Cancer sufferer's plea to trial new treatment
PUBLISHED: 16:20 02 December 2009 | UPDATED: 11:17 23 August 2010
WE all die, that is a fact of life, but it would be nice if I could have a bit longer to see my grandchildren grow up. These are the words of Brendan Moriarty, 67, a cancer sufferer fighting for a revolutionary treatment that West Kent PCT has refused
WE all die, that is a fact of life, but it would be nice if I could have a bit longer to see my grandchildren grow up."
These are the words of Brendan Moriarty, 67, a cancer sufferer fighting for a revolutionary treatment that West Kent PCT has refused to pay.
He has been told by his doctor, Andrew Gaya, that a high-tech new treatment called 'Cyberknife' combined with chemotherapy is the only way to cure his bowel cancer. The treatment, which is only available at a single clinic in Harley Street, London, would cost £22,000. The grandfather-of-four, of Astra Drive, Gravesend, has already fought off prostate cancer, bladder cancer and an earlier attack of bowel cancer.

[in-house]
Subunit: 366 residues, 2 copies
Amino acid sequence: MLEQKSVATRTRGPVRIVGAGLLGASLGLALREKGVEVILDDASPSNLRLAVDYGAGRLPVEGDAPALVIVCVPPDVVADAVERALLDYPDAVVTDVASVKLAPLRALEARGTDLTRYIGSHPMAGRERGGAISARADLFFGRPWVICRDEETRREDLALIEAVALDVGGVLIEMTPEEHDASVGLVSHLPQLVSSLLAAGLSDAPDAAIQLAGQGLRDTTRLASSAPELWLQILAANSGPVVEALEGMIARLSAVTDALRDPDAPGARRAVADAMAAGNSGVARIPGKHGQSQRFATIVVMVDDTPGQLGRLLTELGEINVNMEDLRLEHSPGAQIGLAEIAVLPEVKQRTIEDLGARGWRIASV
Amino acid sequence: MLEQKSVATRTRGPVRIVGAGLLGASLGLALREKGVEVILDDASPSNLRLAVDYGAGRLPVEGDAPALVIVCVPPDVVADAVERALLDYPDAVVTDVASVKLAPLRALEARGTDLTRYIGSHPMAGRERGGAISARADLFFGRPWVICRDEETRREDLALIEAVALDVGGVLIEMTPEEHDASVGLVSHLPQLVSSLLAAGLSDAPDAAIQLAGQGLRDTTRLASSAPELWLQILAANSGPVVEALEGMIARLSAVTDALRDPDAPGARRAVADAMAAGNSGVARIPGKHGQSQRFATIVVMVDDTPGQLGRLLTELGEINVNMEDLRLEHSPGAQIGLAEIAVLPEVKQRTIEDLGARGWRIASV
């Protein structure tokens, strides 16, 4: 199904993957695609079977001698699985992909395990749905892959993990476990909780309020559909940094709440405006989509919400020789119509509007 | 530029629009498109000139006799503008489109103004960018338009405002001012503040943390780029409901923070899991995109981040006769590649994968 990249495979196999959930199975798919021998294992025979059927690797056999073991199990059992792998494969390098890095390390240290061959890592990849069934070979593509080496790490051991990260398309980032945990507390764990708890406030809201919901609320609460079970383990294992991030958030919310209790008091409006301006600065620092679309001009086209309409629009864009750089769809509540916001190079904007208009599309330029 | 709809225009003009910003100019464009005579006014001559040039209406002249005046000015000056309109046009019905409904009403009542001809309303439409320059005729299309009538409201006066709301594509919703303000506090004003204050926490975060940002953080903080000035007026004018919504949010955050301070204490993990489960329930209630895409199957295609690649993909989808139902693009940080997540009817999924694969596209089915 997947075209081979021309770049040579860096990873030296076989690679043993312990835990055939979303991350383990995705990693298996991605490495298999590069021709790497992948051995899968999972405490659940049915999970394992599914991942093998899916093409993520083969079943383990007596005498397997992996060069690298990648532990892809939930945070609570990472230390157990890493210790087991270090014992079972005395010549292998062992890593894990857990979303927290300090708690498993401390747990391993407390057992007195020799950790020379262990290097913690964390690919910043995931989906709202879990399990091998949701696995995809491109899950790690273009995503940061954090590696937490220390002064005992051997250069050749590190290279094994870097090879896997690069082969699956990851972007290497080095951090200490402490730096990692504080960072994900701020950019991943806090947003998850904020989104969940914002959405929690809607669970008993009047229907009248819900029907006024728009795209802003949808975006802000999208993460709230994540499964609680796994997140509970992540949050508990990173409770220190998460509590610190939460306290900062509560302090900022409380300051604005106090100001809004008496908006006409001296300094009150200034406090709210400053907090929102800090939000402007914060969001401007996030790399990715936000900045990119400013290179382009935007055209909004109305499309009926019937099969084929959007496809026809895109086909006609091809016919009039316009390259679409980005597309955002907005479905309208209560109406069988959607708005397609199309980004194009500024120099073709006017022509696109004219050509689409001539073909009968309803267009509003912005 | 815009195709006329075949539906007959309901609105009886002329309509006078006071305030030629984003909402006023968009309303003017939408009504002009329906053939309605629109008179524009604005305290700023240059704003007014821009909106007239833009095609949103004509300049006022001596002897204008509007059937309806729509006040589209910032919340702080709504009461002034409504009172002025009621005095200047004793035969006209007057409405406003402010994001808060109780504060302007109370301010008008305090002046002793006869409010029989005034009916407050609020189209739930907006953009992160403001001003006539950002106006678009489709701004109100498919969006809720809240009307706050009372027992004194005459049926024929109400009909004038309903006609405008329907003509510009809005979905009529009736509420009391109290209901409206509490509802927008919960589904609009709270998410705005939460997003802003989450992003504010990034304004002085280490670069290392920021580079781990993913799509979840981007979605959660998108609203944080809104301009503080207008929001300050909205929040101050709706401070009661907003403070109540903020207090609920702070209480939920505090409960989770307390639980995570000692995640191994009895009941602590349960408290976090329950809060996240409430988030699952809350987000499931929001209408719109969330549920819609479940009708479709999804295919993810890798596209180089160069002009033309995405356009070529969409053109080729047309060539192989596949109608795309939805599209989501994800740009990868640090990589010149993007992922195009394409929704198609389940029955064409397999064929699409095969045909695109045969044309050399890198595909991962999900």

He said: "I have had quite a few problems with the chemo this time because it is very severe and at the moment I am off it.
"I am just waiting every day. The sooner it is done and we can kill the tumour, the better my chances are.
"The chemo is bloody awful; I know it is keeping me alive but what is the use if the quality of
life is so poor?"
The Cyberknife treatment features a robotic arm, similar to that used in manufacture, to send a beam of radiation that kills the tumour cells. Used on 35,000 patients worldwide, the treatment requires no anaesthesia, there is no recovery time and patients can usually be treated and go home on the same day.
"I gather West Kent are unwilling to pay because not enough tests have been done on people in this country. but I am more than willing to be a guinea pig," said Mr Moriarty, who worked as a police officer in Gravesend and Dartford for 28 years before retiring 12 years ago.
Medical director Dr James Thallon told the Reporter that West Kent PCT is reviewing the case and stated no final decision has been made.
He said: "The panel initially declined, finding there wasn't sufficient evidence the treatment would be beneficial, and the specialists advised against it.
"The clinician who referred the case has provided new information which will be considered by the panel before they make a decision."
Mr Moriarity thanked both Dr Gaya and Gravesham MP, Adam Holloway, for pursuing his case.
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